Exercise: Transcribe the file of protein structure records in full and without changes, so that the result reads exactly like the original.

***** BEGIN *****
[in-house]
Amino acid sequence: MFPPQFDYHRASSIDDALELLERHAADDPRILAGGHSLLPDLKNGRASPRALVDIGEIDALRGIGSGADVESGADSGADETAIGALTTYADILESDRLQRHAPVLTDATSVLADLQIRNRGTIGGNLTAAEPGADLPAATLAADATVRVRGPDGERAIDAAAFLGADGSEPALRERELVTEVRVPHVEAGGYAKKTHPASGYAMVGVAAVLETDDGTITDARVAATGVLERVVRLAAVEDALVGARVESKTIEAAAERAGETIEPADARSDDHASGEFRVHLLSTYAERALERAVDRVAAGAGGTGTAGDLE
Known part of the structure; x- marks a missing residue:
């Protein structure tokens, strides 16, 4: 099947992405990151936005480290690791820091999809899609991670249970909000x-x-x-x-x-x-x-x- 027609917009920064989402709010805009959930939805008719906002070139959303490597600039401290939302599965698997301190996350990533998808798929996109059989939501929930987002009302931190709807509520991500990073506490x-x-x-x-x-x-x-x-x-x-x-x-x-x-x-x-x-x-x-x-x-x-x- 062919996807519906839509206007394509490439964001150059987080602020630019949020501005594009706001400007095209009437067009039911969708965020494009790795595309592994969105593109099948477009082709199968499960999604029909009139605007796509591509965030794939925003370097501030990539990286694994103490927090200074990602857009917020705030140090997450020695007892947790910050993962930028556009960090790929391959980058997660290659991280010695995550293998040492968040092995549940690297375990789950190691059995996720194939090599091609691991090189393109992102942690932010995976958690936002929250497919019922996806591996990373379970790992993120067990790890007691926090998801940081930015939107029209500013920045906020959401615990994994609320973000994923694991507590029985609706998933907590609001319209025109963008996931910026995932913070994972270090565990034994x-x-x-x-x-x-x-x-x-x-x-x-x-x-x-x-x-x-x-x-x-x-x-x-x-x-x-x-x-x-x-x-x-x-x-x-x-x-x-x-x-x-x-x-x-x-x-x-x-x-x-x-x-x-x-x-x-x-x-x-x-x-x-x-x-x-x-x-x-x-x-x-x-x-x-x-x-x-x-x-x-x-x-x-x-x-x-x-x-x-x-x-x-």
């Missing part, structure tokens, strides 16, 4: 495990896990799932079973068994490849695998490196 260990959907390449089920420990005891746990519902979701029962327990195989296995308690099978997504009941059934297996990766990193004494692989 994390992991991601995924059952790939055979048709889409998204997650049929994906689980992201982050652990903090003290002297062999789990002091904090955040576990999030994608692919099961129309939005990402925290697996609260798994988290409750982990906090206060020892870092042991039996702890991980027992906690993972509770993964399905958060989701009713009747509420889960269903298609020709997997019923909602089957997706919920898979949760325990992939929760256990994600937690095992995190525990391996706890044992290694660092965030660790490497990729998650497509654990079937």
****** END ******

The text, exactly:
[in-house]
Amino acid sequence: MFPPQFDYHRASSIDDALELLERHAADDPRILAGGHSLLPDLKNGRASPRALVDIGEIDALRGIGSGADVESGADSGADETAIGALTTYADILESDRLQRHAPVLTDATSVLADLQIRNRGTIGGNLTAAEPGADLPAATLAADATVRVRGPDGERAIDAAAFLGADGSEPALRERELVTEVRVPHVEAGGYAKKTHPASGYAMVGVAAVLETDDGTITDARVAATGVLERVVRLAAVEDALVGARVESKTIEAAAERAGETIEPADARSDDHASGEFRVHLLSTYAERALERAVDRVAAGAGGTGTAGDLE
Known part of the structure; x- marks a missing residue:
């Protein structure tokens, strides 16, 4: 099947992405990151936005480290690791820091999809899609991670249970909000x-x-x-x-x-x-x-x- 027609917009920064989402709010805009959930939805008719906002070139959303490597600039401290939302599965698997301190996350990533998808798929996109059989939501929930987002009302931190709807509520991500990073506490x-x-x-x-x-x-x-x-x-x-x-x-x-x-x-x-x-x-x-x-x-x-x- 062919996807519906839509206007394509490439964001150059987080602020630019949020501005594009706001400007095209009437067009039911969708965020494009790795595309592994969105593109099948477009082709199968499960999604029909009139605007796509591509965030794939925003370097501030990539990286694994103490927090200074990602857009917020705030140090997450020695007892947790910050993962930028556009960090790929391959980058997660290659991280010695995550293998040492968040092995549940690297375990789950190691059995996720194939090599091609691991090189393109992102942690932010995976958690936002929250497919019922996806591996990373379970790992993120067990790890007691926090998801940081930015939107029209500013920045906020959401615990994994609320973000994923694991507590029985609706998933907590609001319209025109963008996931910026995932913070994972270090565990034994x-x-x-x-x-x-x-x-x-x-x-x-x-x-x-x-x-x-x-x-x-x-x-x-x-x-x-x-x-x-x-x-x-x-x-x-x-x-x-x-x-x-x-x-x-x-x-x-x-x-x-x-x-x-x-x-x-x-x-x-x-x-x-x-x-x-x-x-x-x-x-x-x-x-x-x-x-x-x-x-x-x-x-x-x-x-x-x-x-x-x-x-x-």
């Missing part, structure tokens, strides 16, 4: 495990896990799932079973068994490849695998490196 260990959907390449089920420990005891746990519902979701029962327990195989296995308690099978997504009941059934297996990766990193004494692989 994390992991991601995924059952790939055979048709889409998204997650049929994906689980992201982050652990903090003290002297062999789990002091904090955040576990999030994608692919099961129309939005990402925290697996609260798994988290409750982990906090206060020892870092042991039996702890991980027992906690993972509770993964399905958060989701009713009747509420889960269903298609020709997997019923909602089957997706919920898979949760325990992939929760256990994600937690095992995190525990391996706890044992290694660092965030660790490497990729998650497509654990079937």